All of which brings me to her visions. I’m not so sure that her dad was an angel/messenger figure visiting her from the outside. I think she was projecting him in order to work out some of the problems she was grappling with – the problem of her identity, and her feelings of frustration and despair.
One thing I’ve noticed about the various head-characters is that they always seem tapped into the person’s subconscious. Kara might have been receiving messages from beyond, but I mainly read that whole exchange as Kara in dialogue with herself. There were long-buried memories and emotions that she’d been suppressing or denying which needed to surface. This is why her storyline in STWOM worked for me, even the long-delayed recognition that the man she was talking to was actually a vision of her father. I went into it guessing that the piano player would be him, and also wouldn’t be real. What I was watching for was the moment when she’d face that—in essence, when Kara would finally recognize the obvious.
Going forward, looking back
Kara’s journey—her hero’s journey—has always been shot through with references to her past. I don’t think it’s a coincidence that the first time we hear of her destiny from Leoben, we also learn of her mother’s abuse. In "Maelstrom," confronting that legacy was part of how she took the next step to the space beyond. On another level, it fits the pattern of other myths: heroic trips to the underworld often involve a conversation with a parent (as Aeneas consulted his father there and gained reassurance of the future that was to come). She has to make sense of her life and at the same time figure out her role in the world.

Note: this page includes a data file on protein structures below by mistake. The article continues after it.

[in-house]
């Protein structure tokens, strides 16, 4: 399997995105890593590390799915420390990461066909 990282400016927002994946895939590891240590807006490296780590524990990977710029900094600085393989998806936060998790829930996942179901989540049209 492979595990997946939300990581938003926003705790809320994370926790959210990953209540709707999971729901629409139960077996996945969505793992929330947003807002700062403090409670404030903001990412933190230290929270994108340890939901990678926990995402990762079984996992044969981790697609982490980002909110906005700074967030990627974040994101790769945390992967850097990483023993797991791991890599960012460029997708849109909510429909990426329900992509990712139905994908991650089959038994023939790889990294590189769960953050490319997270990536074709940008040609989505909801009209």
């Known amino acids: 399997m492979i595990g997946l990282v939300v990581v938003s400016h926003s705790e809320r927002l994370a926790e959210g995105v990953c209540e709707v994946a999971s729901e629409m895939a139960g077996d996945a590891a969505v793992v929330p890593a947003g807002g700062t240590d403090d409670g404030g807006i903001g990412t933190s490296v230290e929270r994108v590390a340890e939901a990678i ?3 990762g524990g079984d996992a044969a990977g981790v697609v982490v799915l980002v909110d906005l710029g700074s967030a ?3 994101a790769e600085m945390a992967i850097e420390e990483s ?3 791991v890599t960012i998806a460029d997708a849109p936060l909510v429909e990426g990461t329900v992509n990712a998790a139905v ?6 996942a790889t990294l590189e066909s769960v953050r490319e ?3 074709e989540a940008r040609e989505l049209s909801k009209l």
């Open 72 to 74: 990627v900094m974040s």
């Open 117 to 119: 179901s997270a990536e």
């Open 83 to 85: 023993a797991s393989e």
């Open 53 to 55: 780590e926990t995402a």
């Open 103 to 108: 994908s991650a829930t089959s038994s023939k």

Kara’s dad, in marked contrast to her mother, made her feel confident and safe. In this ep we see flashes of a young Kara who's smiling and happy and determined, quite unlike the battered and terrified child we glimpsed in "Maelstrom." When she’s adrift and doesn’t know how to go on, she turns to her memories of her father for solace. This fit something I’d guessed since we saw her play her father’s music in her apartment on Caprica: in contrast to her mother, her father was a positive figure in her life. When she wrapped herself in her old coat and sank down into her couch, I got the impression that something about that music was comforting.
His message to her now is, "Trust yourself. Something’s gonna come."
But he also abandoned her, which naturally also makes him a figure of resentment. Yet even the way she lashed out at him, I thought, was telling: she angrily remarks that he was so selfish he didn't think of the pain he caused others—and that lesson could easily apply to Kara as well. She's summing up what she needs to recognize.